SubukiaPilgrims fetch "holy water" at the Subukia Shrine. The shrine, located in Nakuru County, has become famous and attracts people of faith and others from all over Kenya and beyond. It was named the Village of Mary Mother of God in 1984 by the late Michael Cardinal Maurice Otunga.

Its name has since changed to the Village of Mary Mother of God, or the National Marian Shrine.

It is still a famous shrine in Nakuru’s Subukia Sub-County that attracts many visitors daily.

"Subukia" is a Maasai word pronounced "isupuku," meaning "higher grounds."

The name aptly fits the location of this famous shrine, which is 210 kilometres west of Nairobi and 40 kilometres from Nakuru.

The shrine, which has attracted both Christians and non-Christians since it was started in 1985,

Visitors to the shrine have to be prepared for a 10km-walk from the Subukia-Nyahururu road, before climbing a meandering footpath leading to a spring.

At the foot of the hill is a big white cross that can be seen easily as one approaches Subukia Valley.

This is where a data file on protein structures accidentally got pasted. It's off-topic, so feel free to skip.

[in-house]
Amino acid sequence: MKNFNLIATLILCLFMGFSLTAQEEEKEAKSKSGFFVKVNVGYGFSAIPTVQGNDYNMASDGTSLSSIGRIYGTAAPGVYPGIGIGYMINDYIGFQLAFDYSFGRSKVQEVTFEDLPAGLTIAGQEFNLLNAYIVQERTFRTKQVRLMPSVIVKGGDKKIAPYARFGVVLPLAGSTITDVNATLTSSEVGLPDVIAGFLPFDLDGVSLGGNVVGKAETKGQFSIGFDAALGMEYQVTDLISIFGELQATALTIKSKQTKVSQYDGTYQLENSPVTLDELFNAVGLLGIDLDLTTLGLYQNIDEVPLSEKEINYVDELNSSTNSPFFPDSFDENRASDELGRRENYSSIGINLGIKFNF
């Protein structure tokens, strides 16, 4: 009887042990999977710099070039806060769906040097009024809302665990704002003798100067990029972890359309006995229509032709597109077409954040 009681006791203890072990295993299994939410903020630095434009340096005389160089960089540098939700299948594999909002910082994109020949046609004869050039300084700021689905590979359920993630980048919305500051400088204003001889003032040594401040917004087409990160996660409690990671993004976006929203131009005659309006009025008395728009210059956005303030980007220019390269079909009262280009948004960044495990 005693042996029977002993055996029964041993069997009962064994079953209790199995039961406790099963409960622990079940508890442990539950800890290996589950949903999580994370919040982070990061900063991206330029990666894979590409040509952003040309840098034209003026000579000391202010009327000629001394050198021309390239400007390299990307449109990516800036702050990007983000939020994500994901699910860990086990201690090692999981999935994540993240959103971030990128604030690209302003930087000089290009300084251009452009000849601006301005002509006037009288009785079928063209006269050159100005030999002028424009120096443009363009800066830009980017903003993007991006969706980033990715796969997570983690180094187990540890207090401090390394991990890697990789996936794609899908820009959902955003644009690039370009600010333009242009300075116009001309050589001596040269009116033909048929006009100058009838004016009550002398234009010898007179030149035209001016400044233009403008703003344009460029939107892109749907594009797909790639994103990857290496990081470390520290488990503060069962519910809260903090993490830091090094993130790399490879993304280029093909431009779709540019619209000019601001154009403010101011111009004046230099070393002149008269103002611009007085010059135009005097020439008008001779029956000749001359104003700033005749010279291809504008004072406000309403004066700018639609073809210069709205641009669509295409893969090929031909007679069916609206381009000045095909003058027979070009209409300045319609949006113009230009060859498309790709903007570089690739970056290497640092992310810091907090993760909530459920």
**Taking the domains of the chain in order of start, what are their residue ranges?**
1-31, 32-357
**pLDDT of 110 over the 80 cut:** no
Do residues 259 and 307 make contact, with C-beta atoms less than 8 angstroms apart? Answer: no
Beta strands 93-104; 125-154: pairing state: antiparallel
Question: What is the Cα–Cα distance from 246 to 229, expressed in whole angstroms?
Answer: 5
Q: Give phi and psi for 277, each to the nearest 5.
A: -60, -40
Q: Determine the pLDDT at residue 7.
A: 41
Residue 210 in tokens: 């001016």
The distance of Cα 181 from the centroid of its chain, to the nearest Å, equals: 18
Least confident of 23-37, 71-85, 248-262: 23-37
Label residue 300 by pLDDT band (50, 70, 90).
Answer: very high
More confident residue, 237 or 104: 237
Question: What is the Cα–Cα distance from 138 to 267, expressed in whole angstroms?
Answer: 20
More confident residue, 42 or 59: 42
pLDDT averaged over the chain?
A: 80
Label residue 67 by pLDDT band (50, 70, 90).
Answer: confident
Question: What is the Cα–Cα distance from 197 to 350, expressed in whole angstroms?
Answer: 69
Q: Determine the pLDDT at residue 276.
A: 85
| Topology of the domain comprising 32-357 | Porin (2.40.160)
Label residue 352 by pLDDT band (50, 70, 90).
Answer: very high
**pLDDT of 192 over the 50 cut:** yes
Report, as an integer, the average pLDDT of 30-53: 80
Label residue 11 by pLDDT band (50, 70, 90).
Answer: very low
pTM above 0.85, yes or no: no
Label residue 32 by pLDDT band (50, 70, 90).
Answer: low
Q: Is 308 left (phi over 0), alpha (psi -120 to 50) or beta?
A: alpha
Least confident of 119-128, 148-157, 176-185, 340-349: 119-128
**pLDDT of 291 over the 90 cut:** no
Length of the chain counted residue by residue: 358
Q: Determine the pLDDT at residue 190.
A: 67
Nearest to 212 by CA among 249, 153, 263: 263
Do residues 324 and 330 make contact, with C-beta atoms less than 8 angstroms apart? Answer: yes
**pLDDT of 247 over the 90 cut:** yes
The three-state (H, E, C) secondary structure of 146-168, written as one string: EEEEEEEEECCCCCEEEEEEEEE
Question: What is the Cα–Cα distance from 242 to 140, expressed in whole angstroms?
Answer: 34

Buried at the foot of the cross is a piece of rock from the Grotto at Lourdes in France, a stone from River Jordan in Israel and another from the Marian Shrine at Medjugorje in Bosnia-Herzegovina.

The footpath leading to the spring is steep and one has to take 12 steps of cross. The steps symbolise the suffering Jesus underwent before crucifixion.

The spring water is regarded holy and faithful wash their hands and feet with it for healing. Some carry the water for future use.


Flowing springs

The water from the spring flows for only a few metres from the statue before disappearing underground, probably to reappear several kilometres down the valley to irrigate lush plantations.

The prayerful environment and the serene nature of the place helped me find a deep relationship with my God. On completion the Church (capacity 4500 seats) will resemble the image of the Crown of Mary. It is a beautiful House of God.